Yale School of Management

Eddie Thai ’12

MBAGeneral Partner, Ascend Vietnam Ventures

Eddie Thai headshot

By Rebecca Beyer

While Eddie Thai ’12 was interning in Vietnam as an MBA student, the aspiring venture capitalist wrote down a prediction: the startup scene in Vietnam wasn’t quite ready yet, but it would someday be a major investment destination.

“There wasn’t an ecosystem,” he recalls. “It was individual entrepreneurs operating largely independently with very little resources or cross-collaboration.”

That’s changing, in part because of funds like Ascend Vietnam Ventures (AVV), a new firm launched earlier this year by Thai and his co-founder, Binh Tran, that aims to invest in internationally iconic companies arising from Vietnam. AVV follows on the success Thai and Tran have had at a Vietnam-focused fund of the global venture capital firm 500 Startups. By early 2021, Thai and Tran had invested the $14 million fund into 76 companies working across fintech, ecommerce, logistics, edtech, and other areas. Two of those companies are already valued at more than $1 billion.

For Thai, who grew up in Florida, venture capital is a means to an end he’s been pursuing since he was a child: impact. Thai’s parents immigrated to the United States from Vietnam in the 1970s. His father left the country to earn a doctorate in public administration with plans to return to South Vietnam after he finished. That wasn’t possible; by the time he finished his degree, “the country was no longer there,” Thai says. Thai’s mother, a flight attendant for South Vietnam’s flag carrier, managed to get on a plane out of the city then known as Saigon to reunite with her husband just before the fall of the city.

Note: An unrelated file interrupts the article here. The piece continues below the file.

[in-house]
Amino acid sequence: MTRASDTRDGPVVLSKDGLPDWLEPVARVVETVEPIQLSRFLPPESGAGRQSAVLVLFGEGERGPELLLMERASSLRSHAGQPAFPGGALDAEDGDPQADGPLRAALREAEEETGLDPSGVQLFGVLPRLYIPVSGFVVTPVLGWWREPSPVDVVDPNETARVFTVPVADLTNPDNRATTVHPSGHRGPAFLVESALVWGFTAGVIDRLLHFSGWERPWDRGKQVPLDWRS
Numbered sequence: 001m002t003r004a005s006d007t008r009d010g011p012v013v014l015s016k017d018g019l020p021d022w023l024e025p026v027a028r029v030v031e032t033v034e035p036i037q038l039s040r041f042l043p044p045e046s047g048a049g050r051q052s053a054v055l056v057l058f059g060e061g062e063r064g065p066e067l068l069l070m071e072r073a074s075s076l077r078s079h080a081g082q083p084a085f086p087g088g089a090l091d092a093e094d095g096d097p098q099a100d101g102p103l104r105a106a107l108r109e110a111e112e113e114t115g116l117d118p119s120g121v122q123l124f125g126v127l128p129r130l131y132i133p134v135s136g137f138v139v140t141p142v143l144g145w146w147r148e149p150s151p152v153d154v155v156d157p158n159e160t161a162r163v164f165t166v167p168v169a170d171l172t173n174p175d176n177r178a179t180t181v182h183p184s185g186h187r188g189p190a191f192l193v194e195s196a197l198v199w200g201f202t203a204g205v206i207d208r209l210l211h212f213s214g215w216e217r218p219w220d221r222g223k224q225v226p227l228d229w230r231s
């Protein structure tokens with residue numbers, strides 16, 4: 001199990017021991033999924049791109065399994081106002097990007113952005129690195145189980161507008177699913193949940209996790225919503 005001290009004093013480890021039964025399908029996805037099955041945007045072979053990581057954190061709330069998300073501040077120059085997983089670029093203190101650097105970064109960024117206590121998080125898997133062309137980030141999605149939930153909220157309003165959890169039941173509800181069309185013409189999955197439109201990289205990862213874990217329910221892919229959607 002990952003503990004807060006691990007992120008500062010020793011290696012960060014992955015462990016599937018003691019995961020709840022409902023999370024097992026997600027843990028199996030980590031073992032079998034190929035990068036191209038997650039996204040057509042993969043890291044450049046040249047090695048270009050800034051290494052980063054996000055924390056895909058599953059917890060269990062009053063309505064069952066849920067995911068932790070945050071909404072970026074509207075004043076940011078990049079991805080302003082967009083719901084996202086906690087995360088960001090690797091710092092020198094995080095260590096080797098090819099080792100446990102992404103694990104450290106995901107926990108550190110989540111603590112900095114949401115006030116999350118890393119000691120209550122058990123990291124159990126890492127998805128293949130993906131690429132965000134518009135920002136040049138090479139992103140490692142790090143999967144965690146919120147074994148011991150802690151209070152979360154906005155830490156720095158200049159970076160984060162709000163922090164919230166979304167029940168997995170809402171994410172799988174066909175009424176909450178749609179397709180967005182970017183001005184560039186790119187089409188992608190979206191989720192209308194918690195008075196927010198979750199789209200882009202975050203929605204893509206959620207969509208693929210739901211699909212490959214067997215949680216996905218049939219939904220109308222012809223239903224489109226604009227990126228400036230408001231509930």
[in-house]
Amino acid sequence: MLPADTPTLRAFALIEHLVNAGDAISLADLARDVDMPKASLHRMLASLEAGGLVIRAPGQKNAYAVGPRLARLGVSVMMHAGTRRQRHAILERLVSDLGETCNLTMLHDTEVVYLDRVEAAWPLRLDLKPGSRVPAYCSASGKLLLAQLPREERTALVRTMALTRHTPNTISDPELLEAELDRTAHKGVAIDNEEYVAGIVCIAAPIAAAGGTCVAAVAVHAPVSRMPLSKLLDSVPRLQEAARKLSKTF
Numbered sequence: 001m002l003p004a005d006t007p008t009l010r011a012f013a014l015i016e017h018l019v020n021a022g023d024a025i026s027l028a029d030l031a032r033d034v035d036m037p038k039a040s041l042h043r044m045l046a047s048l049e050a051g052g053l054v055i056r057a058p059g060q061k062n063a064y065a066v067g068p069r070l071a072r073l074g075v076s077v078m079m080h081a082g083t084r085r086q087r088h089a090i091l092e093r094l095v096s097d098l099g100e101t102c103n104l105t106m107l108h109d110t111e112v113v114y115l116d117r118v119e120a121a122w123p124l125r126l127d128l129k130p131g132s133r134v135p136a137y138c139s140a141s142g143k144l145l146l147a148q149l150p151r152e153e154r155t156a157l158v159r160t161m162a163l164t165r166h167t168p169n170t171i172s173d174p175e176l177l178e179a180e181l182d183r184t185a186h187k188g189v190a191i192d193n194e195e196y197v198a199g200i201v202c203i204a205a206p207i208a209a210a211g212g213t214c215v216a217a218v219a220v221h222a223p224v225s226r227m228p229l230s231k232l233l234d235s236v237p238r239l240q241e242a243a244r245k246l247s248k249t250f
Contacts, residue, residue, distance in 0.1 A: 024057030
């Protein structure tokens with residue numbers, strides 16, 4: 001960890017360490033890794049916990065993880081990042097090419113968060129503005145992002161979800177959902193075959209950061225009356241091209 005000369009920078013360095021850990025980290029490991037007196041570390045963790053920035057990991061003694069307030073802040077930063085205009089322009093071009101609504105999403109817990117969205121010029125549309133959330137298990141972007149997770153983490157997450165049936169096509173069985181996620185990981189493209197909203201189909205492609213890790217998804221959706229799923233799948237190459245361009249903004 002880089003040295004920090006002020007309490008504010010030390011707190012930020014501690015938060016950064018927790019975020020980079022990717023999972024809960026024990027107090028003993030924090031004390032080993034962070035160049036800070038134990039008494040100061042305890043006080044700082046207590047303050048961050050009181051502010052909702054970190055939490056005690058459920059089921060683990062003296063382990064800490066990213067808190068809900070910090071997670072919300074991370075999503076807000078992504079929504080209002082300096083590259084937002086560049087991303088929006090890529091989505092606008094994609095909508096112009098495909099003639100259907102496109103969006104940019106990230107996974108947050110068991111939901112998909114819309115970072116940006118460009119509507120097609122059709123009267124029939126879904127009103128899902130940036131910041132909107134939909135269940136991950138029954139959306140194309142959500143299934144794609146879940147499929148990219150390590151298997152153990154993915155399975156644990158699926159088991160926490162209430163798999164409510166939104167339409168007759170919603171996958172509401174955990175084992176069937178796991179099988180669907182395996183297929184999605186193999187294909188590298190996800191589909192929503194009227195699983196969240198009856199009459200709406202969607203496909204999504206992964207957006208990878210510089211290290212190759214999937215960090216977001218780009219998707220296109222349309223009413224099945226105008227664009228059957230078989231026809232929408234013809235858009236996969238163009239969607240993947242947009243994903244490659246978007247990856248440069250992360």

“When I was 10, I found the airplane ticket that my mother had used to get to the United States. It was mid-April 1975, two weeks away from what we recently saw in Afghanistan,” with mass evacuations and people crowding the airport desperate to leave, Thai says. “If my mother didn’t hustle to get out, my life would have been completely different. That gave me a sense of appreciation and obligation to earn my place in the life I was given.”

Thai’s parents wanted him to be a doctor, but Thai felt he could make a greater impact in another field. He attended Harvard University, where he studied government and economics with the idea of going into policy. (“While doctors help one person at a time, public health officials can help many, many people at once,” he says.) After graduating, he took a job as a management consultant to get experience and expand his network. He spent three years working with clients ranging from a startup to larger, more established companies before deciding it was time to move on.

“The point wasn’t to stay in consulting, but to learn and take the next step,” he says.

By then, his mind was already on Vietnam, which he had visited as a teenager.

“Even as a teenager, I could see the dynamism and the energy,” he recalls. “I knew: This is a place I want to come back to.”

Thai was also beginning to think about entrepreneurship. His father worked as a professor for more than 40 years, but he and Thai’s mother were also entrepreneurs, running a restaurant, investing in low-income housing, and doing other things to establish their own family and help other relatives settle in the United States.

“That was really transformational to see,” Thai explains. “I wondered if starting companies in Vietnam could have a similar kind of impact.”